Letters: Film tax credit brings jobs and money to Illinois

SHARE Letters: Film tax credit brings jobs and money to Illinois
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The last step before going inside, filling out an application. At St. Sabina Church, for a casting call for the new Spike Lee film possibly named “Chiraq,” May 9, 2015 (Brian Jackson/For the Sun Times)

As independent filmmakers living and working in Illinois, we can’t help but scratch our heads at the Sun-Times “watchdogs” going after the Illinois Film Tax Credit. The number of articles written on the subject combined with their placement as front page news makes it seem as though the Sun-Times has become the mouthpiece for the governor’s agenda. And to what end? What will it serve to take down a growth industry in Illinois that has spurred billions in spending and supports thousands of jobs?

SEND LETTERS TO: letters@suntimes.com. Please include your neighborhood or hometown and a phone number for verification purposes.

This article is not responsible reporting and is damaging to a growing industry. Finally, after years of decline, the film community is seeing substantial growth. If the tax credits are frozen for an indeterminate amount of time or are abolished, it will adversely affect the local film community. The big budget films and television shows will just move on to another state with better tax credits and take with them the money and the jobs they are currently supplying to our state.

What about the local independent filmmakers who count on these credits to get their projects made? Without the tax credits, the independent film community will be decimated. When raising funds for films under $1 million, we count on those credits to ensure that our films are financed. It is the independent filmmakers who will be most affected if the tax credits are abolished. We will no longer be able to make films in our home state.

Amelia Estelle Dellos and Eric Anderson,

Corn Bred Films

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In its first installment, this new Sun-Times series bemoans the $200 million in tax concessions given to moviemakers who filmed here, even as it reports it generated over “$2.8 billion on Illinois goods, services and wages for actors and other workers” the past seven years. (The Lead, p. 4, June 14.)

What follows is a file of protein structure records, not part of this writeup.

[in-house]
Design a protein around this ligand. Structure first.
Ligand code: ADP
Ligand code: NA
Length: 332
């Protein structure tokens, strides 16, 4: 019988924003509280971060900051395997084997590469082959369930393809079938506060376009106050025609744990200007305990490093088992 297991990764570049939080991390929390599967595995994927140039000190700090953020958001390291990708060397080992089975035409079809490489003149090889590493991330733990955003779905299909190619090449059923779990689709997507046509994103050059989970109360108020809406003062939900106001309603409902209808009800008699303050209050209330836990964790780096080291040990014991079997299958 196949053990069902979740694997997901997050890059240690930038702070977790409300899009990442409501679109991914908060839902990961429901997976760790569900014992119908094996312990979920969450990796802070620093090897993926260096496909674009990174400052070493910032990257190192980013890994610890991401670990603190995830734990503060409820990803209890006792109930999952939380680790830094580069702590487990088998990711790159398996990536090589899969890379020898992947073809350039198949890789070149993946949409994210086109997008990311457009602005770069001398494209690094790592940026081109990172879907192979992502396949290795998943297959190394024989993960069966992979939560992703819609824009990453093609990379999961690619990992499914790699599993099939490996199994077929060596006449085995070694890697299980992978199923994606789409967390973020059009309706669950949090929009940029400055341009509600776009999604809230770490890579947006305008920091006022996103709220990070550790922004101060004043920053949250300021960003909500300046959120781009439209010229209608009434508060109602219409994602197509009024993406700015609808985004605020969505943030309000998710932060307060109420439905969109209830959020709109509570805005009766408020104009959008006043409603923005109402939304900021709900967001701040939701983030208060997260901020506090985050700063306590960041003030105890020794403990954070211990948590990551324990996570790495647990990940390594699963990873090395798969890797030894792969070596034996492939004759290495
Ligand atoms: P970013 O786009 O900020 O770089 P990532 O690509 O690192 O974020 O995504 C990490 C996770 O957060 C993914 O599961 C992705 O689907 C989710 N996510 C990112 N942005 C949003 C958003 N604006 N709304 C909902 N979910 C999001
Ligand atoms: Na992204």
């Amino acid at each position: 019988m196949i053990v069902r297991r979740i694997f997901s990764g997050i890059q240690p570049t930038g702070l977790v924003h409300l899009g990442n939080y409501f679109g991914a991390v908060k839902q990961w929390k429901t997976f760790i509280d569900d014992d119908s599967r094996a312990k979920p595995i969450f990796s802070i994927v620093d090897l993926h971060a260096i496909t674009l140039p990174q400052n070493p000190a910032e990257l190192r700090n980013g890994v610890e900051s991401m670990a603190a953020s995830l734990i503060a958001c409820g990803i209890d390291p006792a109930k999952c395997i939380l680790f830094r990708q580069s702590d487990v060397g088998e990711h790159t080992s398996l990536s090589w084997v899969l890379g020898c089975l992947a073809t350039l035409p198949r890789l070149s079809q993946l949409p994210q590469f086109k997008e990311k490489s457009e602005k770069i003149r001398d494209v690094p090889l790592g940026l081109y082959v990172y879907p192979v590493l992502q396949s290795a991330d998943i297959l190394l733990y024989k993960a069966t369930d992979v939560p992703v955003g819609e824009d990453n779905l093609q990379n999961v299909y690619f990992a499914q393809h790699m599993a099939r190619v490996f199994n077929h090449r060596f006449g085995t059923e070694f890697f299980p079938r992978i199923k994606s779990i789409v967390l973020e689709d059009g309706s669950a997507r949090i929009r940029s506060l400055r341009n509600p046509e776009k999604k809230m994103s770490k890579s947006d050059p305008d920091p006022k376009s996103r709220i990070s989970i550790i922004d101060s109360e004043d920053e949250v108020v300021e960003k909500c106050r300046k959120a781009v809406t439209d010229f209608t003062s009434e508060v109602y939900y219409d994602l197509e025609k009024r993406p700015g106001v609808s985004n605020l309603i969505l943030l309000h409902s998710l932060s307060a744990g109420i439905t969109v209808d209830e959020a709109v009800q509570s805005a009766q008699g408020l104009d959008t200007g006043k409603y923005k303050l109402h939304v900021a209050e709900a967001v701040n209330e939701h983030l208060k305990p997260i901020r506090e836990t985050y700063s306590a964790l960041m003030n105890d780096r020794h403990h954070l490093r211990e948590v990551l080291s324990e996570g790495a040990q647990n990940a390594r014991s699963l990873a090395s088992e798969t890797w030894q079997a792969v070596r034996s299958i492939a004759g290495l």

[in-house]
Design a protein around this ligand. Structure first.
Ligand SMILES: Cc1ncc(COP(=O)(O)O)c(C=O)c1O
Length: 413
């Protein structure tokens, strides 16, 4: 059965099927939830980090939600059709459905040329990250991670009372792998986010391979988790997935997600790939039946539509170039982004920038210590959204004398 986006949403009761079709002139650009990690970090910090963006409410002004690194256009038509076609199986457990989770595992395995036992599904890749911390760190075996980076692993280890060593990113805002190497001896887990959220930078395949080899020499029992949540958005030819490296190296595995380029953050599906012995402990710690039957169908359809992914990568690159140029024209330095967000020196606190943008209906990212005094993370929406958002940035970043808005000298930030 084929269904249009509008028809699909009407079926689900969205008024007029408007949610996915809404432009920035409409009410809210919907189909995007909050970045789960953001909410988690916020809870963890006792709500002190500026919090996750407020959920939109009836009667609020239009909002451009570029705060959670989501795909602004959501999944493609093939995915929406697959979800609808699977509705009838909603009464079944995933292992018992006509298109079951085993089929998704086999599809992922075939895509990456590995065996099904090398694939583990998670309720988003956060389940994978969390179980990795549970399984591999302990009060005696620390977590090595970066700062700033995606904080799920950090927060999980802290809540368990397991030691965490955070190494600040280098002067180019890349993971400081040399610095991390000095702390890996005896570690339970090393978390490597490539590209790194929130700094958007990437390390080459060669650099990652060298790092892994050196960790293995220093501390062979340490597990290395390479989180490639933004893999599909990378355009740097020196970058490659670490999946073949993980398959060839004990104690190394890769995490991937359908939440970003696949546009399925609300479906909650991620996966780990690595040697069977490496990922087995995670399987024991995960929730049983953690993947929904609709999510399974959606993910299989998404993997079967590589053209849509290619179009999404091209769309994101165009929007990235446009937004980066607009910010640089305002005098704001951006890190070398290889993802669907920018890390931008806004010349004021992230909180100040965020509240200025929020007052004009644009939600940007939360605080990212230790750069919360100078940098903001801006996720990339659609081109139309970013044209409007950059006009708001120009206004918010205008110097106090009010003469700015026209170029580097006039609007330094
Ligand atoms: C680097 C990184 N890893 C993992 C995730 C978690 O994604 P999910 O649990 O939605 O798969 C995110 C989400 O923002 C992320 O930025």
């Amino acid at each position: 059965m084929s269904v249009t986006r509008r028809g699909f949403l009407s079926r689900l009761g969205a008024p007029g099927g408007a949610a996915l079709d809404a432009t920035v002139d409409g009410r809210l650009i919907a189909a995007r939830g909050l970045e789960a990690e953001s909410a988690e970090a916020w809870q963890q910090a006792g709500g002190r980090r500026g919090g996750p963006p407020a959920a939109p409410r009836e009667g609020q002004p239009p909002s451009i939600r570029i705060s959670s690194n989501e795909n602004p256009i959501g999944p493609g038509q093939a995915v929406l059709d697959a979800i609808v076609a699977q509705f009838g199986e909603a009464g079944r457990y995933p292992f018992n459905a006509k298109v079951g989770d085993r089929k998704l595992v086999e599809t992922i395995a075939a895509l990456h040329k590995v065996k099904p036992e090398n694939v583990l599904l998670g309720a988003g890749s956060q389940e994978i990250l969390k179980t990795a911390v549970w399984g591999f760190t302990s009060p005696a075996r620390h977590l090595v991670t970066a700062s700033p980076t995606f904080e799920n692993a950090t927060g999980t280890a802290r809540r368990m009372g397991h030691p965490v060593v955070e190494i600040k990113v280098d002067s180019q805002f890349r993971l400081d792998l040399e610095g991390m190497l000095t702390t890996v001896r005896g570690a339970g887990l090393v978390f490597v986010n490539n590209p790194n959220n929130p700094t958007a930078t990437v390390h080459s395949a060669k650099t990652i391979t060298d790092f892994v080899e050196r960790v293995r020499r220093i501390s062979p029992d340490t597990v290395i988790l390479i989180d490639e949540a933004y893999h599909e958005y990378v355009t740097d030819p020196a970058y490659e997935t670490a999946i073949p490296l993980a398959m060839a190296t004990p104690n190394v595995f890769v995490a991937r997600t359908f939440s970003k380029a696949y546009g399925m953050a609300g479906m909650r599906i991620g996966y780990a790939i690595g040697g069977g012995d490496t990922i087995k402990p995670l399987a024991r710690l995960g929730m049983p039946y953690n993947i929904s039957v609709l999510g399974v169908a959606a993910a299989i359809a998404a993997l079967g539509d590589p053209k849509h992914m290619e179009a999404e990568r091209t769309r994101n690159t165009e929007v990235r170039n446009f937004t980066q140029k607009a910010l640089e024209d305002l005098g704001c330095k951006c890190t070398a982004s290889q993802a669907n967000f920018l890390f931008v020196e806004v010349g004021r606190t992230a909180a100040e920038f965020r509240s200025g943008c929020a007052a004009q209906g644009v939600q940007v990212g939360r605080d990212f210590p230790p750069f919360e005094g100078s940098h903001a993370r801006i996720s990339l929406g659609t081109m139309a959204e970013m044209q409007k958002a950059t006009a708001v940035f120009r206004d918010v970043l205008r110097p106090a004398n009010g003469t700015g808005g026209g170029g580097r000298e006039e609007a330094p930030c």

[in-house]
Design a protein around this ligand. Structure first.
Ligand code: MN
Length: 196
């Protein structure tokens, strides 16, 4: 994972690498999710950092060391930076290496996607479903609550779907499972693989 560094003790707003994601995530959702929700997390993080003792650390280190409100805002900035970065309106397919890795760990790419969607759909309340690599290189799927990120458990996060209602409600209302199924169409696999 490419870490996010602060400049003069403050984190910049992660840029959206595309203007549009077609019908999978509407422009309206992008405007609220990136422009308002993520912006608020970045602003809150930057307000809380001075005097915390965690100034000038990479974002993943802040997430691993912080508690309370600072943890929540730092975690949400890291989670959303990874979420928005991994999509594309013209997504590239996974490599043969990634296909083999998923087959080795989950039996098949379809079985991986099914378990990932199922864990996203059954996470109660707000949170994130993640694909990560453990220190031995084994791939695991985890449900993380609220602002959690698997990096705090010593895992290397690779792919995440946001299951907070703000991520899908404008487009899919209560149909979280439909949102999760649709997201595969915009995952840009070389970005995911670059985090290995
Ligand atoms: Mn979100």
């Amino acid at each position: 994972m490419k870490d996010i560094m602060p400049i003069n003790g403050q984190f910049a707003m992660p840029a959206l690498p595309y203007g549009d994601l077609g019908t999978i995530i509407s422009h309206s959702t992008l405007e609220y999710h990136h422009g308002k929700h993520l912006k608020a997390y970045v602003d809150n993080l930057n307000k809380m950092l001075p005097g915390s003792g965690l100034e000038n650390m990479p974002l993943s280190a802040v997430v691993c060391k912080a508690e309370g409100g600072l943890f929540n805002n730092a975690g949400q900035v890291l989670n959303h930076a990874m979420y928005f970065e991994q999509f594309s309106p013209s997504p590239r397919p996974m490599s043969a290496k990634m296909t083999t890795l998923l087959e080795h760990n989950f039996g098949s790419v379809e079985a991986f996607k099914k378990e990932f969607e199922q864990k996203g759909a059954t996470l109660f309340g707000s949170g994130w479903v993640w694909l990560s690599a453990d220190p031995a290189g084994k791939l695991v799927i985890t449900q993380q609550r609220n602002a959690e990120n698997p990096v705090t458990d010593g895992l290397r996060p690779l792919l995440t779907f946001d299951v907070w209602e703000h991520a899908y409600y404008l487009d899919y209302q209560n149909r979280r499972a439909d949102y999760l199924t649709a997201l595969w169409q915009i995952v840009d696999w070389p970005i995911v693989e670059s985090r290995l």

Wait! Weren’t those our Great Recession years while otherwise our economy tanked? It was like finding loose cash on the sidewalk.

The concession works out to giving back around 10 cents for every dollar those outsiders spent here. Supermarkets run specials more generous. Isn’t that one aspect of what Gov. Bruce Rauner calls making Illinois “business friendly?”

Against competing locales offering similar subsidies, how else to stay in the game? We struggle otherwise to keep businesses here, yet we now should chase away the film industry? Where’s the logic?

The influence of Chicago’s paid advertising to lure tourists here is almost insignificant compared with the free publicity our photogenic city gets every time a movie shot here is seen by millions worldwide. So far, this new series has ignored this. It alone makes up for the tax breaks, as any publicity agent would affirm.

This phony scandal seems triggered by the public pique of certain misguided aldermen who have threatened to deny Spike Lee a film tax credit because they dislike the working name, “Chiraq,” about street violence here that is common knowledge. Preemptive censorship vs. First Amendment rights of free speech? To them I would quote Jack Nicholson’s line from the movie, “A Few Good Men”: “You can’t handle the truth!”

Ted Z. Manuel, Hyde Park

King was right

If Bruce/Caitlin Jenner, who will always have the y chromosome, thus making him a man, can call himself a woman, why shouldn’t Rachel Dolezal, who will always be genetically Caucasian, be able to call herself African American?